Washington - US lawmakers broke through a logjam Thursday on a plan to bring electricity to 50 million Africans, in what Washington hopes will be its next major initiative for the continent.
During a visit to Africa in June, President Barack Obama announced a US drive to improve power for the two thirds of Africans who lack a reliable supply.
But legislation in Congress, which is more concrete and ambitious than Obama's initial statement, had been held up by a dispute on whether to support electrical plants that produce large amounts of carbon blamed for climate change.
The bill, approved by the House Foreign Affairs Committee, sets a goal of installing 20,000 megawatts of power in sub-Saharan Africa by 2020 and reaching at least 50 million people who do not have electricity.
The funding would come from the private sector, using government-backed credit guarantees.
Representative Ed Royce, who chairs the panel, hailed the Electrify Africa Act as a way for the United States to contribute to the continent's development, as lack of power impedes everything from education to health care.
Royce, a Republican who worked on the bill with members of Obama's Democratic Party, said that the plan would also help American companies tap into a growing consumer market and show US engagement in the face of China's rising presence in Africa.
The bill still needs approval from the full House of Representatives and Senate, but the committee vote indicated broad support.
However, the legislation came under fire from Representative Mo Brooks, a conservative Republican from Alabama who said that the United States was not financially sound enough to be “building power plants and power lines in Africa.”
“I very much appreciate the altruistic motivations that I've heard in support of this legislation, but quite frankly, I don't believe America's financial condition is such that it supports spending money that we don't have on these projects,” Brooks said.
Lawmakers from both parties countered that the US-backed financial institutions involved in the initiative - the Overseas Private Investment Corporation, or OPIC, and the Export-Import Bank - do not spend taxpayer money and in fact create US jobs by boosting economic activity.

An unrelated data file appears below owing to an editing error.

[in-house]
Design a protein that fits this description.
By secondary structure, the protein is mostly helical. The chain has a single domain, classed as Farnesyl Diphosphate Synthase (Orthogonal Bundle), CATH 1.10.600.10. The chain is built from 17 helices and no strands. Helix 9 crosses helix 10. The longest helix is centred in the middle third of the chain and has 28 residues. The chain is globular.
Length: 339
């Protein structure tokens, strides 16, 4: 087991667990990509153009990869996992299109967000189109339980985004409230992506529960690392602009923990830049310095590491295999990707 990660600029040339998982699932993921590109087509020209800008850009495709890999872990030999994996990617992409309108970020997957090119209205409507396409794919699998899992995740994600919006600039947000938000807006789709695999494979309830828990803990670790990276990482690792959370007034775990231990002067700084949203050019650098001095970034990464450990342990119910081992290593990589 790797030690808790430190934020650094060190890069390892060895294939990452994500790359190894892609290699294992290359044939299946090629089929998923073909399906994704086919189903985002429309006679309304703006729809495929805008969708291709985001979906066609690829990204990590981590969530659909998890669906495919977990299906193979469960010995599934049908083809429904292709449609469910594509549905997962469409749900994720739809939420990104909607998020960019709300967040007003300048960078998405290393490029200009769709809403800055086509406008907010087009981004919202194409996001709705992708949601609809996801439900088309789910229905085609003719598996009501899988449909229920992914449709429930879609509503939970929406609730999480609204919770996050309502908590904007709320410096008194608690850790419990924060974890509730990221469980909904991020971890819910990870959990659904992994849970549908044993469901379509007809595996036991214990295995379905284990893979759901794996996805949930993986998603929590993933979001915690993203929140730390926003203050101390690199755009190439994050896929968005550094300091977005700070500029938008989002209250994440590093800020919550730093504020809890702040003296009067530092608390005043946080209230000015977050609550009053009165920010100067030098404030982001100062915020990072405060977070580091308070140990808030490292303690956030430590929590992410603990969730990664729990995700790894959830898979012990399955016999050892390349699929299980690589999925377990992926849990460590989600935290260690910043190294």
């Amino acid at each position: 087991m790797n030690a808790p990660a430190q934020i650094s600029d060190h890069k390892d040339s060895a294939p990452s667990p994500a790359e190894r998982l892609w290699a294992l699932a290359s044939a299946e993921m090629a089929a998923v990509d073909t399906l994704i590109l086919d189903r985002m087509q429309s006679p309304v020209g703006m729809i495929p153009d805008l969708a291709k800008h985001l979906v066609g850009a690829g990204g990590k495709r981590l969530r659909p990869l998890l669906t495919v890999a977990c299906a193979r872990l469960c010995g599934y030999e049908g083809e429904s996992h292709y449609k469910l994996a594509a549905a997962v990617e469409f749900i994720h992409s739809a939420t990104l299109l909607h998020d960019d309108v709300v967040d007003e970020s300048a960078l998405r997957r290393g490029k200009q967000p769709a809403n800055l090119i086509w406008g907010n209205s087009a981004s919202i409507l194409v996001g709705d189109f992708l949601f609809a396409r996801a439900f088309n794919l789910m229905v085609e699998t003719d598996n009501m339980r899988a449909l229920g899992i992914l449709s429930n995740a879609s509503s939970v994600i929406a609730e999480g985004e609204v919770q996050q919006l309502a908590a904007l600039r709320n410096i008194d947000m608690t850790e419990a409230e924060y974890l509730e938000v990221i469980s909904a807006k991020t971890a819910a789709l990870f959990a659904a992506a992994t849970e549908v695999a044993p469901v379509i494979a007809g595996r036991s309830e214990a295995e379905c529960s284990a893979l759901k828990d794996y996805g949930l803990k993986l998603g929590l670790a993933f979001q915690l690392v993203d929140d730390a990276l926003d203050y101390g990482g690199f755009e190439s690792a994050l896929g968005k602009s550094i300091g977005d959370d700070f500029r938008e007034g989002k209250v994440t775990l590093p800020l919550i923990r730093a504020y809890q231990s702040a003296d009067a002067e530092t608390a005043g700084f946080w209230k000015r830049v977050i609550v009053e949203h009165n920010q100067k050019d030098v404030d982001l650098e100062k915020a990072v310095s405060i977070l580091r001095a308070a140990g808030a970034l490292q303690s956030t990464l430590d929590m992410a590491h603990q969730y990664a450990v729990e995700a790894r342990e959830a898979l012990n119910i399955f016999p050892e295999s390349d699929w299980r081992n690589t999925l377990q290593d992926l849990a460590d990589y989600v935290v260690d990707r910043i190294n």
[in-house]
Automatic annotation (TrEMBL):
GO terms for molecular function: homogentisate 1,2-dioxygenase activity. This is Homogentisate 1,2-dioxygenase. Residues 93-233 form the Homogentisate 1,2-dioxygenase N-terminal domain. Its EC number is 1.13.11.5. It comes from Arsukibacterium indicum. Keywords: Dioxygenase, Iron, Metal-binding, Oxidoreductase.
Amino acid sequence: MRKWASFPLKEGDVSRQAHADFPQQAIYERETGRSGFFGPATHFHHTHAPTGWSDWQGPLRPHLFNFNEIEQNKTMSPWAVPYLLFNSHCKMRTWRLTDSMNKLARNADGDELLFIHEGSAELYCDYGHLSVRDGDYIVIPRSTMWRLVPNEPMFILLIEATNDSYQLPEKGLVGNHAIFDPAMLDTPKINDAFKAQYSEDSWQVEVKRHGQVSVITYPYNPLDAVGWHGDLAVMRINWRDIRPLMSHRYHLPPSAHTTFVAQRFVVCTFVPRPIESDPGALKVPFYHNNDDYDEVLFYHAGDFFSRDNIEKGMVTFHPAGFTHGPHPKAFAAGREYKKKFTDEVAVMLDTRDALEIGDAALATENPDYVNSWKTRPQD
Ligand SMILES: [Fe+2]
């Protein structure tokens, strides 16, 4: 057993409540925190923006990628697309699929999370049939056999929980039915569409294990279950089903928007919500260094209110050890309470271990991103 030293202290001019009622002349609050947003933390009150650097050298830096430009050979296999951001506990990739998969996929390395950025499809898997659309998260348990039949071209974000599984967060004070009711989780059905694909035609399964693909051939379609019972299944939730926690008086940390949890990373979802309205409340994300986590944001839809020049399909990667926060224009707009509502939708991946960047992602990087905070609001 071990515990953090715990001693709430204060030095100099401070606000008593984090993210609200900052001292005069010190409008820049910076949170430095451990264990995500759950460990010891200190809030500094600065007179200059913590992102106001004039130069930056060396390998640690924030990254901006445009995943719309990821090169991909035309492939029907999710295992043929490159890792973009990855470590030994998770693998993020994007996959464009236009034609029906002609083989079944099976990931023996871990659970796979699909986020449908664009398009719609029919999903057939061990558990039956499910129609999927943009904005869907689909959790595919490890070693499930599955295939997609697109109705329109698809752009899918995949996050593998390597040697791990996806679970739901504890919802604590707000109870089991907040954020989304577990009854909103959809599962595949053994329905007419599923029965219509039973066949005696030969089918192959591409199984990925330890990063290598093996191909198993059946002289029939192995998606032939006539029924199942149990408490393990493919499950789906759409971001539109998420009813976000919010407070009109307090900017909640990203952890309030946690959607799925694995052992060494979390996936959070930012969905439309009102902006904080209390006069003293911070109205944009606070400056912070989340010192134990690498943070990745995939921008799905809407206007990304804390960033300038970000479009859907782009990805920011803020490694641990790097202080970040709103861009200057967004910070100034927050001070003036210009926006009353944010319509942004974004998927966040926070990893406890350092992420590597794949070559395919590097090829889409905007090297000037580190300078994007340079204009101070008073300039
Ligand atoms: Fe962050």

Democratic Representative Gerry Connolly denounced Brooks's view as “dangerous” and said of the act: “It's not just 'altruism,' it's enlightened self-interest.”
“I don't want to be the person who has to answer the next generation, 'Why is Africa-Chinese trade the dominant trade in that part of the world and we don't even have a slice of it?' And the answer is because somebody, somewhere, 20 years before said we can't afford it,” Connolly said.
Obama had promoted electricity as the next big goal for the United States in Africa after his predecessor, George W. Bush, worked with Democrats to fight diseases including HIV/AIDS and former president Bill Clinton helped jumpstart trade.
But the bill had been held up as corporations pushed to ease existing requirements that OPIC steer clear of carbon-intense projects. General Electric said it supported renewable energy but that efforts in Africa also needed other sources, such as gas.
In a compromise, the bill does not address the issue.
The fight was partially diverted as Congress took up OPIC funding when drafting the $1.1 trillion spending bill for fiscal year 2014.
Environmentalists argued that major fossil fuel projects have proven to be a failure in much of Africa and that US investment could encourage more innovative clean energy in a continent expected to be hard hit by climate change.
One, the anti-poverty group co-founded by U2 frontman Bono, pressed for passage of the legislation.
Tom Hart, the group's US executive director, said that the bill “shows the best face of America.” - Sapa-AFP